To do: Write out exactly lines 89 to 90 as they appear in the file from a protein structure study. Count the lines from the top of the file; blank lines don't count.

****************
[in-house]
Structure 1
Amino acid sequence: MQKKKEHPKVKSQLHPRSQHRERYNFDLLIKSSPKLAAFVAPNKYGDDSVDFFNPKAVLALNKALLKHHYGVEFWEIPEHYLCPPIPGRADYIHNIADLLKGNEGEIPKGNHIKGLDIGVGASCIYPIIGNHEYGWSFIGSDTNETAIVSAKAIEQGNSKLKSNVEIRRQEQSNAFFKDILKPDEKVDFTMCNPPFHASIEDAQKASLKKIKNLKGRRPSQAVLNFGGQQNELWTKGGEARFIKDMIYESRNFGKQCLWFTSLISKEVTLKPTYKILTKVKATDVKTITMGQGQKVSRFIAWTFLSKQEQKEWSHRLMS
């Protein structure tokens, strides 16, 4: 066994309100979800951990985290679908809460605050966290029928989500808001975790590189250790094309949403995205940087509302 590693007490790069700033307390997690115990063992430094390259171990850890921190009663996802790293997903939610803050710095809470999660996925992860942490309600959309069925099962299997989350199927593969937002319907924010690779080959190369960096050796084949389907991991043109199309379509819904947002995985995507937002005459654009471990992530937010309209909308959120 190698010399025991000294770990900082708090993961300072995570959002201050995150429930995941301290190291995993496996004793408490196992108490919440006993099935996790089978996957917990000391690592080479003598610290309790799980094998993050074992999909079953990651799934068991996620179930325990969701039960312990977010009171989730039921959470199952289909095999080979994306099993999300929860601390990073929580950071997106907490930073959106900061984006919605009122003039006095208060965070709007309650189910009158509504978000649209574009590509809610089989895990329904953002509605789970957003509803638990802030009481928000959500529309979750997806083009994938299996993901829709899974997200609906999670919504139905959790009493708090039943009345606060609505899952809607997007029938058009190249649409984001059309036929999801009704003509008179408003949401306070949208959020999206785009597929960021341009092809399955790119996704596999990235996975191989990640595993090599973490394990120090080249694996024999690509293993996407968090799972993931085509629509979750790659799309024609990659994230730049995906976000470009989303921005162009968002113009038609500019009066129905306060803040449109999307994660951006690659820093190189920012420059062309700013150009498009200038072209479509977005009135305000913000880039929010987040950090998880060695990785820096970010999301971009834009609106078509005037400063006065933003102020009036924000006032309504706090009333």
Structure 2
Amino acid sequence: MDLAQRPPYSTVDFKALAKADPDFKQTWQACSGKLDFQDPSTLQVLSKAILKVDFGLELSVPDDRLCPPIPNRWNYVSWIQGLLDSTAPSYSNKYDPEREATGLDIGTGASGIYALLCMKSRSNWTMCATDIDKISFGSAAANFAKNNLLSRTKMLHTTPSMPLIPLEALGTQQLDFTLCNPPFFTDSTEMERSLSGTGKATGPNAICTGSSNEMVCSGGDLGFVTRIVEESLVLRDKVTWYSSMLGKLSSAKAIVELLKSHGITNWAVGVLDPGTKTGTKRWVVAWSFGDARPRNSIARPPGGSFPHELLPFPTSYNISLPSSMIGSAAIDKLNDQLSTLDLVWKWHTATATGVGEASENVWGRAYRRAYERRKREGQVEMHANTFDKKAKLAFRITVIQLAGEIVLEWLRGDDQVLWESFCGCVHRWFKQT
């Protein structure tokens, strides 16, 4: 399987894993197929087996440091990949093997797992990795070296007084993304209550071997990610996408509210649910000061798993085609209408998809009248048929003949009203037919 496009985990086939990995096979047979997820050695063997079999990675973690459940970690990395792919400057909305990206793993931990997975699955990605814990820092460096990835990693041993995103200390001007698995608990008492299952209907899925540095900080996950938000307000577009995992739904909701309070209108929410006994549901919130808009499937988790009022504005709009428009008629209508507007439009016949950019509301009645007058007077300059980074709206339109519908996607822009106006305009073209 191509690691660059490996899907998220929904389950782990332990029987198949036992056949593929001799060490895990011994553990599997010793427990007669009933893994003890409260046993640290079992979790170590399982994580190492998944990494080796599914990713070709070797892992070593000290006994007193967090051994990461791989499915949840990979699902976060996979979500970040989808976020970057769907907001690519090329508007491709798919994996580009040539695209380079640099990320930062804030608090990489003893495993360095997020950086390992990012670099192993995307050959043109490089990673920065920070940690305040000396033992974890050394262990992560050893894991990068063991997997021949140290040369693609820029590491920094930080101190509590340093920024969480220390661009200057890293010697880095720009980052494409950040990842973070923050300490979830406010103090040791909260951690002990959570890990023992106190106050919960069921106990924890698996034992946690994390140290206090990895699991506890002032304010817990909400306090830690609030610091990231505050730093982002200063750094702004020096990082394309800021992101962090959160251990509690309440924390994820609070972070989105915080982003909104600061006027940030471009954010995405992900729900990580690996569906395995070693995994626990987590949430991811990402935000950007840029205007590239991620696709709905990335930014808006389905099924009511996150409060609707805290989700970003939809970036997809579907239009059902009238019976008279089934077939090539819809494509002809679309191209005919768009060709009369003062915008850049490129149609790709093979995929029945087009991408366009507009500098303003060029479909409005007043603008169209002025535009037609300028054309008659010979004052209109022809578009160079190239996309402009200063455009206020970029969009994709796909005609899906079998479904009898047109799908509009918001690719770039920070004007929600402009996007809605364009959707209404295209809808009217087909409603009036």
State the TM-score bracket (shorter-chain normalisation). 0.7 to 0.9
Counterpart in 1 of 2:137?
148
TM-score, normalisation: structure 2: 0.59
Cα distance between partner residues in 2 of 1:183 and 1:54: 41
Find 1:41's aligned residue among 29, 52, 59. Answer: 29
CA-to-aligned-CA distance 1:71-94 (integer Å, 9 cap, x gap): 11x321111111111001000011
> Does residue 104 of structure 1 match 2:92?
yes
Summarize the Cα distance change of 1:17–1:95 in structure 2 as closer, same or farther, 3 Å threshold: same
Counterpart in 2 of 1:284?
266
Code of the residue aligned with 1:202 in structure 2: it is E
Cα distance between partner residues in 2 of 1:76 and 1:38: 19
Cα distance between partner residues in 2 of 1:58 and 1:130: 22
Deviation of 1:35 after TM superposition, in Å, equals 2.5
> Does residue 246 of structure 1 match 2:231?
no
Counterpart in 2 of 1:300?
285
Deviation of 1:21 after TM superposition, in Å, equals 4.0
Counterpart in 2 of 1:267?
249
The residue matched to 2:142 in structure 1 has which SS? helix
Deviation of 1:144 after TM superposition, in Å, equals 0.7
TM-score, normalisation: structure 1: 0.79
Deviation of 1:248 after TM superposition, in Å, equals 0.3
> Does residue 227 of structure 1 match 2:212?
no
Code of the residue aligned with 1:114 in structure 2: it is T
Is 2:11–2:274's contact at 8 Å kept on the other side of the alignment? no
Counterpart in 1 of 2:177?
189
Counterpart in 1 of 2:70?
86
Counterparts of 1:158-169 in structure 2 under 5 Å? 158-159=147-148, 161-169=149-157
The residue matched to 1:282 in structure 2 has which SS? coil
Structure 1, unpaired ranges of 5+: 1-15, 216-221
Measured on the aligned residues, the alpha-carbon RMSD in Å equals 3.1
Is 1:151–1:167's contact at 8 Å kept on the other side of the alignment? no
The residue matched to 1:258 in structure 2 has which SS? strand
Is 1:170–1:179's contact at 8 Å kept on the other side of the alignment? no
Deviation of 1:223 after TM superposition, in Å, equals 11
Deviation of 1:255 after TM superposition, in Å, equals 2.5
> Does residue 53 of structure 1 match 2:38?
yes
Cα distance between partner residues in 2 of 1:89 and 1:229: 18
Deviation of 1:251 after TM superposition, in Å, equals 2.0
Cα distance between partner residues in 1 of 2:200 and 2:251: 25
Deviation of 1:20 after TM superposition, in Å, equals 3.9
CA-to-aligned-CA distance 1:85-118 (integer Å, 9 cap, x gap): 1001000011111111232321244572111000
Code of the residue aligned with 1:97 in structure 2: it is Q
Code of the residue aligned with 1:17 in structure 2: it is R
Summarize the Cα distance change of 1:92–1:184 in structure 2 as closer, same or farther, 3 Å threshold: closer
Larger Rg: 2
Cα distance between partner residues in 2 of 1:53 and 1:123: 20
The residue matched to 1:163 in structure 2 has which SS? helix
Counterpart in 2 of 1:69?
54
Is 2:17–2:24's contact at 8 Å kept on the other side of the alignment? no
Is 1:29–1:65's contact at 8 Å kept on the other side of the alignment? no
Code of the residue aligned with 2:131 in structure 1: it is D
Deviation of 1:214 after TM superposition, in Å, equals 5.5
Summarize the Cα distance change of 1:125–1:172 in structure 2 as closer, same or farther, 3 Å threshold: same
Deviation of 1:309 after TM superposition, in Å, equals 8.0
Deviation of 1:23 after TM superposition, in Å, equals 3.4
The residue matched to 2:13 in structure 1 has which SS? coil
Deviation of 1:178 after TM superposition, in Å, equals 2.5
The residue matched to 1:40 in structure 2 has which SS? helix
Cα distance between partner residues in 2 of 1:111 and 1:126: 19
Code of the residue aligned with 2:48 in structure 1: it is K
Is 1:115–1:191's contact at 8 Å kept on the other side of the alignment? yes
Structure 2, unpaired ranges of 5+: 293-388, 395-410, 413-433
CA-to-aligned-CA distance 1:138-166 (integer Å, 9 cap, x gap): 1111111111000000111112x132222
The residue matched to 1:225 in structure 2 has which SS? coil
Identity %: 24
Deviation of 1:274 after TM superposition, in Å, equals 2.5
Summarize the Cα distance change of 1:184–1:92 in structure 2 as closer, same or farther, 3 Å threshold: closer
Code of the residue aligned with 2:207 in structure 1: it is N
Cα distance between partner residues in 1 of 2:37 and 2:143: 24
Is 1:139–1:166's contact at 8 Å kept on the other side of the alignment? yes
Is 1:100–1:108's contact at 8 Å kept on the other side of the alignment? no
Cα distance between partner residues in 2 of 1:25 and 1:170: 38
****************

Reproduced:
Is 1:100–1:108's contact at 8 Å kept on the other side of the alignment? no
Cα distance between partner residues in 2 of 1:25 and 1:170: 38